I got a sense of urgency from offensive coaches this week. I got a different vibe from defensive coaches (and the players we spoke with), particularly from defensive coordinator Erik Chinander. After about 10 minutes with the leader of the Blackshirts, I thought to myself, “He looked confident.” If there’s one side of the ball dealing with more stress in its approach to the new season, it’s certainly not the defense.
Nebraska’s offense needs to fix what has ailed it. Nebraska’s defense needs to build on what it has grown. Big difference.
Mind you, “build” is emphasized a bit there; Nebraska hasn’t arrived as a defense yet, and maybe I’m the only one who read comments from Chinander and others in this same way, but the Blackshirts hit all the right notes this week.
First, on Monday, it was nickel linebacker JoJo Domann answering what the expectation should be of the 2021 Blackshirts:
“We’re not invincible,” he said. “We’re going to get beat out there. But the way we rally and the way we hold down the fort and help control the game for our offense—getting more three-and-outs, forcing more turnovers, and making the game easier on them and giving them more opportunities to score—that’s what you’re going to see from us.”
Then, it was defensive backs coach Travis Fisher on Wednesday, answering a sequence of questions about creating turnovers and turning down interest from other programs.
“I want to lead the country in takeaways. That’s the goal. It’s on paper, it’s in the room, and that’s the day one meeting,” Fisher said. “And limiting explosive plays down the field. We want to be No. 1 in the country at limiting explosive plays, that’s plays 15-yards-plus.
“… I want to be the top secondary in the country. Here. At this school. I think I’ve got guys that can do it. I really do. I believe in the guys that I coach. I believe in the staff and the direction we’re going as a staff, as a team, and just this secondary. Those kids are good football players, and I think those guys can be some of the top guys in the country this year.”
This is where we pause, and for most who have lived the same song and dance for seemingly years at this point, this is where you cringe. There’s a gag reflex. It’s understandable. Proclamations in the spring fizzle in the fall. Nebraska wins the preseason and then takes Ls when the actual games begin. I get it.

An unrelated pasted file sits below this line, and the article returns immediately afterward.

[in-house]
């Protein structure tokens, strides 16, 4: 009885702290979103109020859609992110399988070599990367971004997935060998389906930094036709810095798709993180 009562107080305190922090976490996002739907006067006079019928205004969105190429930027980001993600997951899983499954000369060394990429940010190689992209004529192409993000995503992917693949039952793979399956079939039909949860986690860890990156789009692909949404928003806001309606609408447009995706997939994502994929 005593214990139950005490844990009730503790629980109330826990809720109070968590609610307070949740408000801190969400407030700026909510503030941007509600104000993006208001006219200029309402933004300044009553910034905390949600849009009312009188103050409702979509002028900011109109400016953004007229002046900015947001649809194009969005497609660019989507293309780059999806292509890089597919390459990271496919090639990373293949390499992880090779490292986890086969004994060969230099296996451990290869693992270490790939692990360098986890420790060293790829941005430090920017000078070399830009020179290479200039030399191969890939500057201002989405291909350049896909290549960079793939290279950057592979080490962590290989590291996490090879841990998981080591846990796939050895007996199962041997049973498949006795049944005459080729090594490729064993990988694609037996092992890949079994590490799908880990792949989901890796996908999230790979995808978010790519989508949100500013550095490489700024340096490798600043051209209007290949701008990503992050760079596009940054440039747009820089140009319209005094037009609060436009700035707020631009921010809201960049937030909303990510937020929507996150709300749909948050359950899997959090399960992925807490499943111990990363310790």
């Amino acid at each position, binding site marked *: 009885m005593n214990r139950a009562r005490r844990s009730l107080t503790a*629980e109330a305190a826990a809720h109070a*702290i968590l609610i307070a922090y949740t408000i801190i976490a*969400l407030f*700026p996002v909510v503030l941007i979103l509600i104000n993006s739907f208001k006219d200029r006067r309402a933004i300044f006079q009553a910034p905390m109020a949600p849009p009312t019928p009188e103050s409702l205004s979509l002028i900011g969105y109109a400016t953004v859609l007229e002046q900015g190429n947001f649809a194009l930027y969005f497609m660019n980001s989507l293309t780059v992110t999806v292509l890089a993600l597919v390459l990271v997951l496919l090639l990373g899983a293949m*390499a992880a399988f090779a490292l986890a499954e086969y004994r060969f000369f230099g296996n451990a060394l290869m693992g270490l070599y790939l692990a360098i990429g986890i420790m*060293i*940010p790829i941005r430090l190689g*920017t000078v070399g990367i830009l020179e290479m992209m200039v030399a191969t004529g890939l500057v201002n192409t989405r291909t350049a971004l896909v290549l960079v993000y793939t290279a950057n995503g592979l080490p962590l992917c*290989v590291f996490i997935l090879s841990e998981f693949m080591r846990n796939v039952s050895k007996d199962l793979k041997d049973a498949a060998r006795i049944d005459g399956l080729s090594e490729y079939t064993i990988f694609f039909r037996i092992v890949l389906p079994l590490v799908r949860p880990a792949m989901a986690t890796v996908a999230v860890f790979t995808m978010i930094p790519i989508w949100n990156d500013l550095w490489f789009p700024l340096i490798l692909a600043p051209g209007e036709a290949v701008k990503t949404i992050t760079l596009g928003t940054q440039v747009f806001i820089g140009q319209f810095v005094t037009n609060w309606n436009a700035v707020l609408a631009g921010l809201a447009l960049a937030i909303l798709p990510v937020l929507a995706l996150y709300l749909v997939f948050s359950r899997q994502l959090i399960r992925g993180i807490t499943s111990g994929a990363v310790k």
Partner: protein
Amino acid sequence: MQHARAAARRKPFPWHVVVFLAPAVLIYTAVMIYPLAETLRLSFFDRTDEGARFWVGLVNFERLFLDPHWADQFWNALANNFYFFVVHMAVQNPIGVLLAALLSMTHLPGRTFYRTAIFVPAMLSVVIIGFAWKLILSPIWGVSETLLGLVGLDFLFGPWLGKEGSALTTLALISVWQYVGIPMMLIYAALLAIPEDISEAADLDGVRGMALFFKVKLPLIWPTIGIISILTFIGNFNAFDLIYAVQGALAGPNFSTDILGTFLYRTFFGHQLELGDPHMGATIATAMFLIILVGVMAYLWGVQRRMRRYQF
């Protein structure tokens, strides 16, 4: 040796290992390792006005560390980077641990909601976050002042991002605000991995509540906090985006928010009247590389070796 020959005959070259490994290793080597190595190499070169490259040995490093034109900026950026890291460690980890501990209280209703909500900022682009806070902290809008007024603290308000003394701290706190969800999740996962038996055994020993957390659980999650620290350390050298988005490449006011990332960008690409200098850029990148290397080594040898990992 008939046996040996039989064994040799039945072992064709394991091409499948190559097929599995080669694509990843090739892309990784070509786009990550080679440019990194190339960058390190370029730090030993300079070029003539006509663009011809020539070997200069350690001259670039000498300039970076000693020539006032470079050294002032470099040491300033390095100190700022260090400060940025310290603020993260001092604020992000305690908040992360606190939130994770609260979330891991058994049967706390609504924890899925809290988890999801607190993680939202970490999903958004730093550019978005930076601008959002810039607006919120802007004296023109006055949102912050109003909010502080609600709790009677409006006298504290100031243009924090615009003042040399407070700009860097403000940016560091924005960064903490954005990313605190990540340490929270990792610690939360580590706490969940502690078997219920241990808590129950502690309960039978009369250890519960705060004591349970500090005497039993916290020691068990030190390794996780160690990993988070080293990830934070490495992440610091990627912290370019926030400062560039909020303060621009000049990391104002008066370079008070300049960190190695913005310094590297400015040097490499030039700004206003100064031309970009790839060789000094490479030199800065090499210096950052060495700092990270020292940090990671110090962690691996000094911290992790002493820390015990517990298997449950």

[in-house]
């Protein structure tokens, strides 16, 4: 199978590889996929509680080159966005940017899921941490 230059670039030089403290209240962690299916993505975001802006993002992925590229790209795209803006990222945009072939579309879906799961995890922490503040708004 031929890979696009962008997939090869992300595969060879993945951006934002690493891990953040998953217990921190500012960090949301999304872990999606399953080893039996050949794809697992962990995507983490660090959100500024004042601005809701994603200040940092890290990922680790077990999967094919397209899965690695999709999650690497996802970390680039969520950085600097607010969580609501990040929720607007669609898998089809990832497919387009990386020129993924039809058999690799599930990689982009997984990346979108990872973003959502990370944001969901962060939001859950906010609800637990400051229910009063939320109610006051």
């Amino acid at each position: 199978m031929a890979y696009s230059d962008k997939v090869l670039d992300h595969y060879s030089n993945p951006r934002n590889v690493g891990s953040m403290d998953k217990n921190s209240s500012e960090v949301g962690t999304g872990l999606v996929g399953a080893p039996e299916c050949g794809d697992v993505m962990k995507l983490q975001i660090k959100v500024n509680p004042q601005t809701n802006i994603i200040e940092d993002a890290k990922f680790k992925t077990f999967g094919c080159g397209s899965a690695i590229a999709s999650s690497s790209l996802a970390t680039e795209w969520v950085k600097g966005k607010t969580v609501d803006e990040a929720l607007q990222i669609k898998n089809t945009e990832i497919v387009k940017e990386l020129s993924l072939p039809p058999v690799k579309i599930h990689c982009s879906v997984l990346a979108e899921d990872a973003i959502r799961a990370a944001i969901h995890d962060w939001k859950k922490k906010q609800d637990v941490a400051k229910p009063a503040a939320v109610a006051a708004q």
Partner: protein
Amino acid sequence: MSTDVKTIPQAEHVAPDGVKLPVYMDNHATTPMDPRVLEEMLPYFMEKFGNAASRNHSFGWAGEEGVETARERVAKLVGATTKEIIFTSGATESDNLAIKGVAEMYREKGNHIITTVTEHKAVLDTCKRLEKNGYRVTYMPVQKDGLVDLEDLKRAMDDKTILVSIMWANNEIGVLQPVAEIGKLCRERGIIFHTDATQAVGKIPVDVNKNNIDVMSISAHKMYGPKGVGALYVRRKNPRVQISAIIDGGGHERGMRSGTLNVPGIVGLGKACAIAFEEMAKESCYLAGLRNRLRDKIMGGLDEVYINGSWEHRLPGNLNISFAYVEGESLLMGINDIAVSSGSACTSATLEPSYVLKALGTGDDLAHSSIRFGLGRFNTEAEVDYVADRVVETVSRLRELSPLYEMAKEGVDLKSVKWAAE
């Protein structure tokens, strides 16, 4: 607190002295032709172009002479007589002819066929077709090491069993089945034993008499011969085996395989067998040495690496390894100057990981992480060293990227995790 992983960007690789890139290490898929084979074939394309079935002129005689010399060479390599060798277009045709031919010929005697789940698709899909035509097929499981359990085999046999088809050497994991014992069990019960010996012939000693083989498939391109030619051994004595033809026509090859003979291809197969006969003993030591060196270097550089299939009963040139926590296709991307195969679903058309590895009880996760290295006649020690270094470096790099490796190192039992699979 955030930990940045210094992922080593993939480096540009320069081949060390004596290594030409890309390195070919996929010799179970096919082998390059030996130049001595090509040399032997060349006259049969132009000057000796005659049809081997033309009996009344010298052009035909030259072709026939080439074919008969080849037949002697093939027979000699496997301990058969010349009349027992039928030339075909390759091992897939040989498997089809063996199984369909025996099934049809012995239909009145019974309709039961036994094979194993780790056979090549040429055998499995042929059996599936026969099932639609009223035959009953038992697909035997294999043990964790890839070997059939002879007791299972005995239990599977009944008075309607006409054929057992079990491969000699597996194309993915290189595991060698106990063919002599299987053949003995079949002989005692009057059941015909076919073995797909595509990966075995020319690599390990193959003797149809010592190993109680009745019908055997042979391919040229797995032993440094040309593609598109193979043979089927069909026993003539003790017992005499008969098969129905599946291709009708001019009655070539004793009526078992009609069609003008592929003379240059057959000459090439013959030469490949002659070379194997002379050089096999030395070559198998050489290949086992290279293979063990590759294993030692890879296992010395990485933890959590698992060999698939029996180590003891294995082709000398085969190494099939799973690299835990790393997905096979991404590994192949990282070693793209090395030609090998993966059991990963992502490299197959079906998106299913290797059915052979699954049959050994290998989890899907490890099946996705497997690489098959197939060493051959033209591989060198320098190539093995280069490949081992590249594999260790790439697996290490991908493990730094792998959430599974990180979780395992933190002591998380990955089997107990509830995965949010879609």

For a few reasons, the defensive mentality right now seems a little different, and in a very encouraging way.
No. 1, there are actionable steps toward attainable goals that would add up to the big pie-in-the-sky best-case scenario. Domann mentioned takeaways. Fisher said he wants to lead the country in that category. Chinander said two a game.
Twenty-three programs averaged two takeaways a game last season. Arizona State led the country with 3.25 per contest. Twelve programs did it in 2019, with Florida Atlantic’s 2.36 pacing the pack. Fifteen programs did it in 2018, with Utah State’s 2.46 leading the country.
Get to two, you’re in an exclusive club. That’s the point.
Nebraska averaged 0.88 last season. “There were some balls that touched our hands that we should have picked (off), and I wasn’t totally happy with that,” Fisher said of a group he felt made plays but left plenty more out on the field. Nebraska averaged 1.75 takeaways in 2019 and 1.67 in 2018.
Two doesn’t seem unattainable.
Chinander spelled out a few other areas as well.
“If you look at what we had going on last year, the missed tackles were down from 11-something down to eight-something per game,” Chinander said. “If you can get that down a little lower and you can hold teams… I think we were giving up about five explosives a game last year, if you can get that down to a couple and you can find a way to create two or more turnovers a game, those are real improvements.”